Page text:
Every Dog Has Its Day

New Patterns in Pet Keeping in Iran

in Anthropology of the Middle East
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  • 1 CNRS grisoni_anahita@hotmail.com
  • 2 CNRS mashkour@mnhn.fr
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Abstract

In the perspective of human–animal relationships, considered a social change marker, pet dogs in modern Iranian society constitute a form of acculturation that started under the former regime and perpetuates, if not intensifies, nowadays. At first glance, this acculturation form seems to be directly borrowed from Western patterns, but this article shows the peculiarities of the adaptation models to the Iranian context. This work, based on individual, semi-structured interviews with dog owners aims to study the subjective representations of pet dogs and the acquisition and cohabitation material conditions with this animal, within the context of a changing contemporary Iranian society.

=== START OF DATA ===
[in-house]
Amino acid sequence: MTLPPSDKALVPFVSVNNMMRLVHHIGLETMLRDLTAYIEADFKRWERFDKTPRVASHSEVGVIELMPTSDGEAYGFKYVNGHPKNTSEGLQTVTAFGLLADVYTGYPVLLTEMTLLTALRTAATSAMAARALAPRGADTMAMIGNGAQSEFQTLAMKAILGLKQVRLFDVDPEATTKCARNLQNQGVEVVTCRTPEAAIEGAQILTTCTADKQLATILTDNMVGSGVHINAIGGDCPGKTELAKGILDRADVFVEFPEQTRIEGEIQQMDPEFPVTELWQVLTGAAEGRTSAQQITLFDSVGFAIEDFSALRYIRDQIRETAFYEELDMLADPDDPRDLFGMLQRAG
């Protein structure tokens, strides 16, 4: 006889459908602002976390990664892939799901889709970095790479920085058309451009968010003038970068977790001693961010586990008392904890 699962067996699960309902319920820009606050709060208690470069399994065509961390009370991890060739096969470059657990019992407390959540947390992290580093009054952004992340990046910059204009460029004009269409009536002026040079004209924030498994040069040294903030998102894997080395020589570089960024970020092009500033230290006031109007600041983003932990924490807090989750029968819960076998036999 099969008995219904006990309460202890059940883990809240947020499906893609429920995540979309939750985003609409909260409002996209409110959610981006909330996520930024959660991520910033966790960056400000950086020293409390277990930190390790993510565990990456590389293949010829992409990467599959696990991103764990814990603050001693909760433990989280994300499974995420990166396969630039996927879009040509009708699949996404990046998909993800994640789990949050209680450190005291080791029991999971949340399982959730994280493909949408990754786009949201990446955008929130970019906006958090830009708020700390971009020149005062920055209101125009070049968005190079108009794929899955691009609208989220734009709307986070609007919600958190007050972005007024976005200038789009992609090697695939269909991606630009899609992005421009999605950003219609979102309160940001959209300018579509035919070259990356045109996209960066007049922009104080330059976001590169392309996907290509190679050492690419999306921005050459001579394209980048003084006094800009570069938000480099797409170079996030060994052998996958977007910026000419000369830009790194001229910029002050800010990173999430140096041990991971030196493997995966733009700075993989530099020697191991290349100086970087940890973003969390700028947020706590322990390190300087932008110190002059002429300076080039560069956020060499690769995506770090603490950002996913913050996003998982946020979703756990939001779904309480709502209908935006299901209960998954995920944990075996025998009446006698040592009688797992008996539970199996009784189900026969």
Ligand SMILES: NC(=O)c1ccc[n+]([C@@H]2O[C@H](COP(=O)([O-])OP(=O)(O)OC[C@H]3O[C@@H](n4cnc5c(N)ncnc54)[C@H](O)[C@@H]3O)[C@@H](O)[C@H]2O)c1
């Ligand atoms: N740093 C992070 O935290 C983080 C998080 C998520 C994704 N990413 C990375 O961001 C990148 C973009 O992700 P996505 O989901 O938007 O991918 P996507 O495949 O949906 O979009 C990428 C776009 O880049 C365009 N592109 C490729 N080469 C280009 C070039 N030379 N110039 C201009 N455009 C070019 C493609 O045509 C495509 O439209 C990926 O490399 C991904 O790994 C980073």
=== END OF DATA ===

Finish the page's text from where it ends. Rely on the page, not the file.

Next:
Contributor Notes

Anahita Grisoni is a post-doctoral contractual fellow in the CNRS, working in the Environment, Cities and Societies team (EVS UMR 5600) at the University of Lyon. She is a sociologist working on social movements and ecology. She is concerned about the role of animals in renewing the debate on political ecology. Currently she coordinates the sustainable development axis of the French German Programme Saisir l’Europe. E-mail: grisoni_anahita@hotmail.com

Marjan Mashkouris Director of Research in the CNRS and specialised in Archaeozoology. She is the director of the team Societies, Animals, Plants, in Asia and in Africa (SAPAA- UMR 7209). Her main interest is the understanding of human–animal relationships through time in the Near and Middle East. E-mail: mashkour@mnhn.fr

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